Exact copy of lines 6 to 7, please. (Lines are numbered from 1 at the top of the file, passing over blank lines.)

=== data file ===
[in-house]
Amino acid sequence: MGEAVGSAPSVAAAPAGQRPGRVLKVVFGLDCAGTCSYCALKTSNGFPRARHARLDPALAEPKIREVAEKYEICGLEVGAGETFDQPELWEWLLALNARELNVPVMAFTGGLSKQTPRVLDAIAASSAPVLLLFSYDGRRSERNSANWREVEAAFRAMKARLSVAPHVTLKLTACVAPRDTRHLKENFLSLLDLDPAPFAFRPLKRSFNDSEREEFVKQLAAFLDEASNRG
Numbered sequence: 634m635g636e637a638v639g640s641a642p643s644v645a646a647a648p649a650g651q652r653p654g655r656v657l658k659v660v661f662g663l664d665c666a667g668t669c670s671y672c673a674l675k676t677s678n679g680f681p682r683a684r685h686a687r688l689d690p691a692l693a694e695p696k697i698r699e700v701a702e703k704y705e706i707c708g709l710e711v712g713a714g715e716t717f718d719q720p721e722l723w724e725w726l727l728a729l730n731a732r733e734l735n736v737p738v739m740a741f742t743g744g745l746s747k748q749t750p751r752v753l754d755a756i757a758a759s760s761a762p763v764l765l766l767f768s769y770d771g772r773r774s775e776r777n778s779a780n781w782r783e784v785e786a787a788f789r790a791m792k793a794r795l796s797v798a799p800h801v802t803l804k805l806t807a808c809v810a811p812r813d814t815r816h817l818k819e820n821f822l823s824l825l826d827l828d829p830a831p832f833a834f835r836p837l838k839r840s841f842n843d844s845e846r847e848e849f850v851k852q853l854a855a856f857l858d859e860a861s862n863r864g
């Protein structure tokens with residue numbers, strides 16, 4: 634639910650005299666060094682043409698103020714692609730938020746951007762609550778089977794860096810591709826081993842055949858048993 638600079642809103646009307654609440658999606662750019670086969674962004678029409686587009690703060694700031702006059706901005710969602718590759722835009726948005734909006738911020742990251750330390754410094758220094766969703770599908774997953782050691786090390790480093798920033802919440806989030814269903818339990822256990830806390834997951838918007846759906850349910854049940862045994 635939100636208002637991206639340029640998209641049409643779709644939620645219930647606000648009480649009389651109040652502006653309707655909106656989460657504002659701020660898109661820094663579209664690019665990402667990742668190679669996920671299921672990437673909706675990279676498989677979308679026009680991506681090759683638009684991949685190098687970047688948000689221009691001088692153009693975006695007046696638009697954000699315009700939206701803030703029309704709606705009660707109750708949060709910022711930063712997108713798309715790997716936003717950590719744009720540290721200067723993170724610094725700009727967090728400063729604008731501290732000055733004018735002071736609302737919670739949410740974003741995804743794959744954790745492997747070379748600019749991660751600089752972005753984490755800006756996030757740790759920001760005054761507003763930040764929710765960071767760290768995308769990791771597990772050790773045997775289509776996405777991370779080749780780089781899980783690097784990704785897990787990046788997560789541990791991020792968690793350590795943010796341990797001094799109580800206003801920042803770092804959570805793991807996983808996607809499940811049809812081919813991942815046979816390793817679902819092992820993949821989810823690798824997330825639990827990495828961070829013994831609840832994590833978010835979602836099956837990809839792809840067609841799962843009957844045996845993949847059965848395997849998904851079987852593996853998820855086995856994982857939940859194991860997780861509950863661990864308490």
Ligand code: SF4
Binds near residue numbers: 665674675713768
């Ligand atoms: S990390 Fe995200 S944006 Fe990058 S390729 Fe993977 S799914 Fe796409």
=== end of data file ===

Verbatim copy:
Binds near residue numbers: 665674675713768
């Ligand atoms: S990390 Fe995200 S944006 Fe990058 S390729 Fe993977 S799914 Fe796409």